Cardiac fibroma

Last revised by Craig Hacking on 20 Feb 2020

Cardiac fibromas, also known as cardiac fibromatosis, are benign congenital cardiac tumors that usually manifest in children. 

Cardiac fibromas are tumors that primarily affect children (most cases are detected in infants or in utero) with a ratio of 4:1 compared with adults 5. They are the second most common benign primary cardiac tumor in children after cardiac rhabdomyoma and second most frequent fetal cardiac tumor 2.

Cardiac fibromas are often associated with arrhythmias which can be a presenting feature. They can also cause hemodynamic compromise and congestive heart failure. These tumors also may be found incidentally in asymptomatic patients.  

Cardiac fibromas represent a collection of fibroblasts interspersed among large amounts of collagen (some authors believe that this tumor is a hamartoma rather than a neoplasm).

These tumors are well-defined, solitary, intramyocardial lesions with smooth margins and usually large, with a mean diameter of ~5 cm and may obliterate the ventricular cavity.

They almost always arise in the left ventricular free wall, interventricular septum or right ventricular free wall (in descending order) 5.

Unlike many primary cardiac tumors, fibromas usually have no foci of cystic change, hemorrhage, or necrosis. Calcification is a common finding.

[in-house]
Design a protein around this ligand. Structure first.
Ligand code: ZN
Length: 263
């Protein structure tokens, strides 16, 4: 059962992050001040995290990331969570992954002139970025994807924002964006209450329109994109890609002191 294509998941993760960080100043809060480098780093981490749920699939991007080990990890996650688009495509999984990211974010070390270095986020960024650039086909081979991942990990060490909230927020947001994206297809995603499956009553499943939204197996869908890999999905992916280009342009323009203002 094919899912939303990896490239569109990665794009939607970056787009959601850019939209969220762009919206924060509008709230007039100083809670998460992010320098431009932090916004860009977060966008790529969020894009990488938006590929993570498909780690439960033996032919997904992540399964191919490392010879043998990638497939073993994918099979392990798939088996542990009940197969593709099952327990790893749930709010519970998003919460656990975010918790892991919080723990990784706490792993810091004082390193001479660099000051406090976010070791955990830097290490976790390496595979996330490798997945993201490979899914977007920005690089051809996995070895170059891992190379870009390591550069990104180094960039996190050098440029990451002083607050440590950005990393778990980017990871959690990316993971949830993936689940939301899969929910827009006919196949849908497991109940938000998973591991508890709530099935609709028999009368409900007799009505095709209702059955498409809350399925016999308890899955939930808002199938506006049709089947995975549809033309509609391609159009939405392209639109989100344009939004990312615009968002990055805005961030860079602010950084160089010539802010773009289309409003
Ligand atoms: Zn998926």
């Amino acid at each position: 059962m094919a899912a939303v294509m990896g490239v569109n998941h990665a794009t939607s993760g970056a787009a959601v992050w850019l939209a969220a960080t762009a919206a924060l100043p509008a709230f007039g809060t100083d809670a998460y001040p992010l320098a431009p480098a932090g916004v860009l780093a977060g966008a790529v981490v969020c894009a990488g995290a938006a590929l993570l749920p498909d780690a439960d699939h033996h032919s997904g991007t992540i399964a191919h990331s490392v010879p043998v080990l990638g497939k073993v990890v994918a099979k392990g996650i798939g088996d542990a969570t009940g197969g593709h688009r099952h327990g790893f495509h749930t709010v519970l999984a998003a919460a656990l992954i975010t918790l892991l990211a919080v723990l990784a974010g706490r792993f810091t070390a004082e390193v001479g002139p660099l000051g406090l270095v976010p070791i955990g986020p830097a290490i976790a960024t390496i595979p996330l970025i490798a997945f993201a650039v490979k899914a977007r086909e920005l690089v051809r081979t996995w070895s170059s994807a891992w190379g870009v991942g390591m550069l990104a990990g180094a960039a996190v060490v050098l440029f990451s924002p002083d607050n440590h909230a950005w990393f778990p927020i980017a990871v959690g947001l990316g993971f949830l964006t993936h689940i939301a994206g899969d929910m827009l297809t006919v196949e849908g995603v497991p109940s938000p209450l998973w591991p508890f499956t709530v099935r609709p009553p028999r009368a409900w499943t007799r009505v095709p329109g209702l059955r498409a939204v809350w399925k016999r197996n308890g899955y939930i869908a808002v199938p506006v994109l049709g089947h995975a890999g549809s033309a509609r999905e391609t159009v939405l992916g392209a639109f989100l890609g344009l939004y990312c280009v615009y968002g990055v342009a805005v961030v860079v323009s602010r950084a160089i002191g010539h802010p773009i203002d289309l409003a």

There is an increased prevalence of cardiac fibromas in Gorlin syndrome.

On CT, cardiac fibromas are homogeneous soft-tissue masses that are usually sharply marginated, but also can be infiltrative. Dystrophic calcification is seen in approximately 25% of cases 5. These lesions may enhance homogeneously or heterogeneously after administration of contrast. 

Due to their dense, fibrous nature, the tumors are usually hypointense on T2-weighted MR images and isointense relative to muscle on T1-weighted images. They are usually homogeneous unless there are calcifications, which may be seen as patchy hypointense foci within the lesion. Because of their avascularity, they often demonstrate little or no enhancement during the early phases after administration of intravenous contrast; but may exhibit delayed hyperenhancement 7-10 minutes later since they have large extracellular space component. 

These lesions may exhibit homogeneous low-grade fluorodeoxyglucose uptake equivalent to that of the mediastinal blood pool. The lack of increased uptake may be reassuring against a diagnosis of aggressive malignancy. 

  • rhabdomyoma
    • also seen in young patients
  • rhabdomyosarcoma
    • large and heterogeneous mass
    • invasive
  • myxoma
    • intracavitary rather than intramural
  • metastases 
    • known primary neoplasm
    • less likely in young patients
    • multifocal masses 

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